If the term “cloud” is still cloudy to you, let’s clear it up once and for all. Forget all those IBM commercials with the braniacs defining “cloud.” I’m a software engineer and even I have no idea what they’re talking about.
Here’s a simple definition: The cloud allows users to consume computing resources that they don’t have locally in their office. You can use software without having to install it, upgrade it, or purchase or maintain hardware for it. You access your information via a web browser such as Firefox, a mobile application, a stand-alone desktop application, or all three.
The beauty of the cloud for the solo and small firm attorney is its reduced and predictable cost. Cloud applications are often free or require inexpensive recurring payments. They allow for instant disaster recovery, which is on everyone’s mind with the recent terrible season of tornadoes, floods, hurricanes, earthquakes, and fires. Cloud apps also free you from hardware lock-in, allowing you to ditch PC’s for Macs and employ tablets as a mobile computing platform.
But what, specifically, can you do with the cloud? The following applications are the ones I use and the ones that can help a law firm run effectively and inexpensively. Throughout my Internet trials and tribulations, these are the survivors, the most useful and resilient software that I rely on in my everyday life.
Calendaring with Google Calendar
Calendaring is no longer the exclusive domain of Outlook. Google Calendar has become an incredible tool for the busy lawyer and is often faster and less confusing than its famous desktop counterpart.
Google Calendar allows you to drag and drop appointments to reschedule them or change their duration, just as with Outlook. E-mail invitations are easily sent and responded to by recipients. Reminders and recurring events are available. One truly remarkable feature of Google Calendar is the Quick Add: You can type in a natural language sentence such as, “Breakfast meeting with Sally at 8AM on Saturday,” and the event is created in an instant.
But the true beauty of Google Calendar is what it gains from being a cloud-based service: integration with other web applications, universal accessibility, and easy mobile setup. Google Calendar, like Outlook, allows you to subscribe to other people’s calendars. You can also subscribe to other published calendars, such as those for federal or state holidays. Moreover, you can publish your own calendar, making it available for others to view or for only yourself to view in other applications such as Outlook or iCalendar.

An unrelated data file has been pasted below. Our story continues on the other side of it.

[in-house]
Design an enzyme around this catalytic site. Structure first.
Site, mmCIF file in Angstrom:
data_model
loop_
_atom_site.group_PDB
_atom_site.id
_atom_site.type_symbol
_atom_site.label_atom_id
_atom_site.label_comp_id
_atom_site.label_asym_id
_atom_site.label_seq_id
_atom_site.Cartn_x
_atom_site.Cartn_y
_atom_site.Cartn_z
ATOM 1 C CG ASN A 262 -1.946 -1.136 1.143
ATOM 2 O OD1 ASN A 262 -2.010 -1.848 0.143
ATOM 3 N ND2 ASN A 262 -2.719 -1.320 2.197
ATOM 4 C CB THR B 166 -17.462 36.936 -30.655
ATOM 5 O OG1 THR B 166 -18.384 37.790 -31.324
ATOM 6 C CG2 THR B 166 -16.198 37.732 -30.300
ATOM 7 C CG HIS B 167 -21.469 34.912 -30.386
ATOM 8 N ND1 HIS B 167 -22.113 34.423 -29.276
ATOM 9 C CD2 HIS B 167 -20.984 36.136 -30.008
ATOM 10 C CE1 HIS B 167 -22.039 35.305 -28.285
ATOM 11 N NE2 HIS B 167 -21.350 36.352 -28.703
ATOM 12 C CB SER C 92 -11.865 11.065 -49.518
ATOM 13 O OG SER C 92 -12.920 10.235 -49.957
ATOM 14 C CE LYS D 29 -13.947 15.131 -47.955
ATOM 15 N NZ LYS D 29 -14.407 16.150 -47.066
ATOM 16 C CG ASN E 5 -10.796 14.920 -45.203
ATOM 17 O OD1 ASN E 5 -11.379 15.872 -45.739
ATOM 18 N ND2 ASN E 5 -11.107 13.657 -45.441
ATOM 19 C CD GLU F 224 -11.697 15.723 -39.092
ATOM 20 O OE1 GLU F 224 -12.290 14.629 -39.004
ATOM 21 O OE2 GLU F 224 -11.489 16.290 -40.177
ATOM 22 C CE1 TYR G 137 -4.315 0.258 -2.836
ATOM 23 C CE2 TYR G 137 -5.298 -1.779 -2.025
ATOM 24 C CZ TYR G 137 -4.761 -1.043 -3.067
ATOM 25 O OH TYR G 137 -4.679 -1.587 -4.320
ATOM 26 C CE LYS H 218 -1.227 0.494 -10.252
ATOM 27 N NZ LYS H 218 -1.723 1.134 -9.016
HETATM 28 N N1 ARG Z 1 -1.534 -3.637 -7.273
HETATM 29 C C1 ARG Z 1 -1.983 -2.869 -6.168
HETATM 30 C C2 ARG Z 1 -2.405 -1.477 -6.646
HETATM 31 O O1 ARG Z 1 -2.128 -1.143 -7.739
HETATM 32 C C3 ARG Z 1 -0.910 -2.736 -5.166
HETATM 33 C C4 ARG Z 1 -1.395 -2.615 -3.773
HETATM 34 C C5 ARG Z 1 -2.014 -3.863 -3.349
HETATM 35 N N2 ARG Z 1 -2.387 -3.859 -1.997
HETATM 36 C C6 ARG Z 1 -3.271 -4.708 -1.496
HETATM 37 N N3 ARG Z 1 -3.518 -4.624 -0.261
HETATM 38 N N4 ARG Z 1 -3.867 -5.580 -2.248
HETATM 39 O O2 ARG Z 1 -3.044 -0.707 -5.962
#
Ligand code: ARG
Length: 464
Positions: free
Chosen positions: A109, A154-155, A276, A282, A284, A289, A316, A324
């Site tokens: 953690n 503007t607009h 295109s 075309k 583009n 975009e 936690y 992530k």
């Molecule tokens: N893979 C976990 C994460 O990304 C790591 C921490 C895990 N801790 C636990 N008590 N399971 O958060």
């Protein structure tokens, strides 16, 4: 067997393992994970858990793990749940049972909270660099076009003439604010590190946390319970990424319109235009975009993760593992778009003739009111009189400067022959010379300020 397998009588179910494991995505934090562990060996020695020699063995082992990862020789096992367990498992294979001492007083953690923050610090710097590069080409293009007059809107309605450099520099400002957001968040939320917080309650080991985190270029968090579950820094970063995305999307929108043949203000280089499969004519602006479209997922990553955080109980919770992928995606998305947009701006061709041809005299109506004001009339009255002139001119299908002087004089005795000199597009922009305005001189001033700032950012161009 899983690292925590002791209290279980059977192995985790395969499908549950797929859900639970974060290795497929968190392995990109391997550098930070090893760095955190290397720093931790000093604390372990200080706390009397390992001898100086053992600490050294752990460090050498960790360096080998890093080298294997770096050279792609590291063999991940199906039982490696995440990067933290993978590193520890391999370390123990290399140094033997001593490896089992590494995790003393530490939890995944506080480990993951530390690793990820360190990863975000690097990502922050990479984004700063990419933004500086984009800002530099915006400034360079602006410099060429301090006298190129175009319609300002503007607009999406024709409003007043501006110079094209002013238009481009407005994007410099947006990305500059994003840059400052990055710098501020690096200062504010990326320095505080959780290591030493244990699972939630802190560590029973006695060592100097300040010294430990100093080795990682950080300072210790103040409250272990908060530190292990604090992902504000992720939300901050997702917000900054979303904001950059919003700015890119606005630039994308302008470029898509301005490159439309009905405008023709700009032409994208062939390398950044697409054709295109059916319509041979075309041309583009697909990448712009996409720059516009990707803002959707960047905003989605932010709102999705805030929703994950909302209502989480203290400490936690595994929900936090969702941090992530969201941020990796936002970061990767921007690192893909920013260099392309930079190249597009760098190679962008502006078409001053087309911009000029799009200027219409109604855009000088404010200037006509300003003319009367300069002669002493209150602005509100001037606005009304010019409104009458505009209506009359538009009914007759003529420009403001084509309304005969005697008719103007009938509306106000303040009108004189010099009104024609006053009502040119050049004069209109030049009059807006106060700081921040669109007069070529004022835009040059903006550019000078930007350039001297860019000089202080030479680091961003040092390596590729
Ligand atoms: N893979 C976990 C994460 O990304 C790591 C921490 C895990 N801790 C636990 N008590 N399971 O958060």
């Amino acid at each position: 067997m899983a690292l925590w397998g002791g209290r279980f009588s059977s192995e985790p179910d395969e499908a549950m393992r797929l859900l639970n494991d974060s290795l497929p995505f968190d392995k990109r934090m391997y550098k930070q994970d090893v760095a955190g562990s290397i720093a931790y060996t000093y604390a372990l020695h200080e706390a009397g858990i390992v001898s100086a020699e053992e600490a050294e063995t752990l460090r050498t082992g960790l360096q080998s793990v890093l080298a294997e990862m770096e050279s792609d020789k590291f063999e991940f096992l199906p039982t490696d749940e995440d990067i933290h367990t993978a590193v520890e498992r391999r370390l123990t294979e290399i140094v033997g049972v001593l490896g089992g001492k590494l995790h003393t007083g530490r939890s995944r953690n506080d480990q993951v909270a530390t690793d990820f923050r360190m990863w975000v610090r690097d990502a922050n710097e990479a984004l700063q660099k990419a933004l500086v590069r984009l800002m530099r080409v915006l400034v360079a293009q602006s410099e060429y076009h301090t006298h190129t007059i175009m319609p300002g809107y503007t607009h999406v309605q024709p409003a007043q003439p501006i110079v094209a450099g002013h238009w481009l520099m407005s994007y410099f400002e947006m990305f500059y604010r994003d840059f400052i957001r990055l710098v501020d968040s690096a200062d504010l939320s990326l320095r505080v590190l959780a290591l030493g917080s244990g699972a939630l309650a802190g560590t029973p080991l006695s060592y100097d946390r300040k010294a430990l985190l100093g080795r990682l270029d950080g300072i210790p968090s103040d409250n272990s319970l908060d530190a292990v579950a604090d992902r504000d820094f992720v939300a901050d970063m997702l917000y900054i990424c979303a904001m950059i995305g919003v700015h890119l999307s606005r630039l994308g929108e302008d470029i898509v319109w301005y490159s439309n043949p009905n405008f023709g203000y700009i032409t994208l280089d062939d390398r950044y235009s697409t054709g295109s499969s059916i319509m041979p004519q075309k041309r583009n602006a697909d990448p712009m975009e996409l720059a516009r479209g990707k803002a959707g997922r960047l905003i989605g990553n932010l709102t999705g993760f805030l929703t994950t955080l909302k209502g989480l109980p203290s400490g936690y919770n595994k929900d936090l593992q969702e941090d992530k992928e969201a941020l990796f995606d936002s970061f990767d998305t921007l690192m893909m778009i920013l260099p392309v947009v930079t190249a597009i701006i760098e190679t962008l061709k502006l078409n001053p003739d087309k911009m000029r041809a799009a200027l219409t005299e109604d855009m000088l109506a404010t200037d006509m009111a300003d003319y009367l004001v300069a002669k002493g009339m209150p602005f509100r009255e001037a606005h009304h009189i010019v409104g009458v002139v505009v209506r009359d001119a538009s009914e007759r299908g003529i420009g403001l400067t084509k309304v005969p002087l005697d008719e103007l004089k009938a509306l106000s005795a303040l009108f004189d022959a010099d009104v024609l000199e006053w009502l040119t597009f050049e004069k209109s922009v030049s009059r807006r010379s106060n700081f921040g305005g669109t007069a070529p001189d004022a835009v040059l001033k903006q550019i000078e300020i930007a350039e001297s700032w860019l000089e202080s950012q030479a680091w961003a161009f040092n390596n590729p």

If you’re a smartphone user, your Google Calendar will pass information back and forth to your handheld device over the air. There’s no need to cradle your smartphone to your computer and press a sync button, and setup is as simple as providing your login credentials. Thus, there’s no need for any complex law firm IT infrastructure: You can enjoy two-way calendar synchronization within minutes.
For more information: “Google Sync for Your Phone”
Note Keeping with Evernote
Evernote is a tool that organizes snippets of information into notes and notebooks. The first time I fired up Evernote, I’ll admit, I had no idea what to do with it. However, after several people I highly respect for their creative and productive output told me they can’t live without Evernote, I gave it another whirl. And now I, too, have Evernote open constantly.
Evernote is a cloud app at its finest: There’s a pure web version, as well as one for desktops, tablets, and smartphones. A “note” at its simplest can just be some text. However, you can incorporate any kind of digital media you wish: images, screenshots, audio, video, and entire web pages. Evernote has a plug-in for web browsers that allows you to clip the entire content of websites and save them into a notebook.
On mobile devices, the Evernote app allows you to record audio or take photographs with the smartphone’s microphone and camera, then have that information posted to your account. This is invaluable on the road, where you can capture ideas when driving instead of writing things down, and take pictures of receipts and business cards.